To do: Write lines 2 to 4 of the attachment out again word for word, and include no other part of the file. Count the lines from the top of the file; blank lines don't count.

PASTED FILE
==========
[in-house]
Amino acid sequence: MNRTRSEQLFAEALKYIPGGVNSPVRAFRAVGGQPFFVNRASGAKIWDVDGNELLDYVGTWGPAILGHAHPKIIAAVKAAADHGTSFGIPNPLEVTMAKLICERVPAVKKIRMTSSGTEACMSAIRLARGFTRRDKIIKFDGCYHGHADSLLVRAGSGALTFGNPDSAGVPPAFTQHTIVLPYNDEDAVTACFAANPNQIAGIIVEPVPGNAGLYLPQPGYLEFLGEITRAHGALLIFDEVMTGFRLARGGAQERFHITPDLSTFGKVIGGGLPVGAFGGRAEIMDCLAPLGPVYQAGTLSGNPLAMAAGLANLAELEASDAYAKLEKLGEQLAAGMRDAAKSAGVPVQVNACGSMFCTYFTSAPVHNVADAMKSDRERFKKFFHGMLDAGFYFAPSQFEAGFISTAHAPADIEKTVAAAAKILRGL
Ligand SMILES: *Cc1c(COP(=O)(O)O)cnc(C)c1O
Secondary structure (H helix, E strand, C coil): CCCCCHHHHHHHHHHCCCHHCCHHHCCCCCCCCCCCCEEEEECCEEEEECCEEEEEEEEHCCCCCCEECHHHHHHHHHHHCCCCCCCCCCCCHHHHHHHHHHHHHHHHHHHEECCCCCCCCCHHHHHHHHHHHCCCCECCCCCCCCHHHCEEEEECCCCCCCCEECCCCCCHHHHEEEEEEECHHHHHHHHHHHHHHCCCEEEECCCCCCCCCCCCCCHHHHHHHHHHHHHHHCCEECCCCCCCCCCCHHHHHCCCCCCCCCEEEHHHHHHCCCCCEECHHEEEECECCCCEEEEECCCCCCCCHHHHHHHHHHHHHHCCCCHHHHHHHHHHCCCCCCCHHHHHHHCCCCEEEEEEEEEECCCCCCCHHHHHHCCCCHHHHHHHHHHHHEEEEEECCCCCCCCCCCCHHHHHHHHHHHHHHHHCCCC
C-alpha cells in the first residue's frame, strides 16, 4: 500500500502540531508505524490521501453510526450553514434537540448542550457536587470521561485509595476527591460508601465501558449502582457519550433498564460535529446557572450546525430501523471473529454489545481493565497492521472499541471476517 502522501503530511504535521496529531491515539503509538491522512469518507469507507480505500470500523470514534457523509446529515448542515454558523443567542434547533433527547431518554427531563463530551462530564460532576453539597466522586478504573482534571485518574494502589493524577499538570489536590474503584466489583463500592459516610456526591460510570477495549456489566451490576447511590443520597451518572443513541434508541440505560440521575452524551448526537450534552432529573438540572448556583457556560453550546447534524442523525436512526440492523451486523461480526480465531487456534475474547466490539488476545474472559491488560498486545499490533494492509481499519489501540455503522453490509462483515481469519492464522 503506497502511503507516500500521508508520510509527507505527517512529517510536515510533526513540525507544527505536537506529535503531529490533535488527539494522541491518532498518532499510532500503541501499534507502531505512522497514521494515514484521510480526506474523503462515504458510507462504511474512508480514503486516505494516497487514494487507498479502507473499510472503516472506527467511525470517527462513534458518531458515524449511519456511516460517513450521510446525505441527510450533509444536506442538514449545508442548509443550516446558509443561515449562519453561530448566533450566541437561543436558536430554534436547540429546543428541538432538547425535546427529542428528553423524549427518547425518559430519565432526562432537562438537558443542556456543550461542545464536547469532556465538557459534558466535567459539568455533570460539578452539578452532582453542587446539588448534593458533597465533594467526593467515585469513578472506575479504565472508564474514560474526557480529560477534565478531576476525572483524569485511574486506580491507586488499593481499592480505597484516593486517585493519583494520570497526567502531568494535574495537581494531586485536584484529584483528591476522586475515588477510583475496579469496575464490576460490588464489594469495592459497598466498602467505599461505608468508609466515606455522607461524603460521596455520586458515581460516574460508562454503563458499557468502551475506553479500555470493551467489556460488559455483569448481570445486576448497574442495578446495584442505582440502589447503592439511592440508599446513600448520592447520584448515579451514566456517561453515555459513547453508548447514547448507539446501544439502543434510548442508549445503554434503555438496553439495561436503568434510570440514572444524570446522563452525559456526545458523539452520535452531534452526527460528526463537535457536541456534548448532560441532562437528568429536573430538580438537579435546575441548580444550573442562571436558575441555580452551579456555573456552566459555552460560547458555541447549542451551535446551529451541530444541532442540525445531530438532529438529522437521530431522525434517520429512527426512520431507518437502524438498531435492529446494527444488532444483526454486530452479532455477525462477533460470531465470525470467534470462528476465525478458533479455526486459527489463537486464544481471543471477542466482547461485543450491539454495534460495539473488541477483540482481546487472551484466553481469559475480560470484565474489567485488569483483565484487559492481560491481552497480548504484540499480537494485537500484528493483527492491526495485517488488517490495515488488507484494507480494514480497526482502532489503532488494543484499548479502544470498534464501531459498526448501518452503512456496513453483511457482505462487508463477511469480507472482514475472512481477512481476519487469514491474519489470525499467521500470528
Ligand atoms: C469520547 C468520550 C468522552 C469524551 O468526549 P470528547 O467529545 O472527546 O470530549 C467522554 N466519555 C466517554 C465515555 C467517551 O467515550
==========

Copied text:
Amino acid sequence: MNRTRSEQLFAEALKYIPGGVNSPVRAFRAVGGQPFFVNRASGAKIWDVDGNELLDYVGTWGPAILGHAHPKIIAAVKAAADHGTSFGIPNPLEVTMAKLICERVPAVKKIRMTSSGTEACMSAIRLARGFTRRDKIIKFDGCYHGHADSLLVRAGSGALTFGNPDSAGVPPAFTQHTIVLPYNDEDAVTACFAANPNQIAGIIVEPVPGNAGLYLPQPGYLEFLGEITRAHGALLIFDEVMTGFRLARGGAQERFHITPDLSTFGKVIGGGLPVGAFGGRAEIMDCLAPLGPVYQAGTLSGNPLAMAAGLANLAELEASDAYAKLEKLGEQLAAGMRDAAKSAGVPVQVNACGSMFCTYFTSAPVHNVADAMKSDRERFKKFFHGMLDAGFYFAPSQFEAGFISTAHAPADIEKTVAAAAKILRGL
Ligand SMILES: *Cc1c(COP(=O)(O)O)cnc(C)c1O
Secondary structure (H helix, E strand, C coil): CCCCCHHHHHHHHHHCCCHHCCHHHCCCCCCCCCCCCEEEEECCEEEEECCEEEEEEEEHCCCCCCEECHHHHHHHHHHHCCCCCCCCCCCCHHHHHHHHHHHHHHHHHHHEECCCCCCCCCHHHHHHHHHHHCCCCECCCCCCCCHHHCEEEEECCCCCCCCEECCCCCCHHHHEEEEEEECHHHHHHHHHHHHHHCCCEEEECCCCCCCCCCCCCCHHHHHHHHHHHHHHHCCEECCCCCCCCCCCHHHHHCCCCCCCCCEEEHHHHHHCCCCCEECHHEEEECECCCCEEEEECCCCCCCCHHHHHHHHHHHHHHCCCCHHHHHHHHHHCCCCCCCHHHHHHHCCCCEEEEEEEEEECCCCCCCHHHHHHCCCCHHHHHHHHHHHHEEEEEECCCCCCCCCCCCHHHHHHHHHHHHHHHHCCCC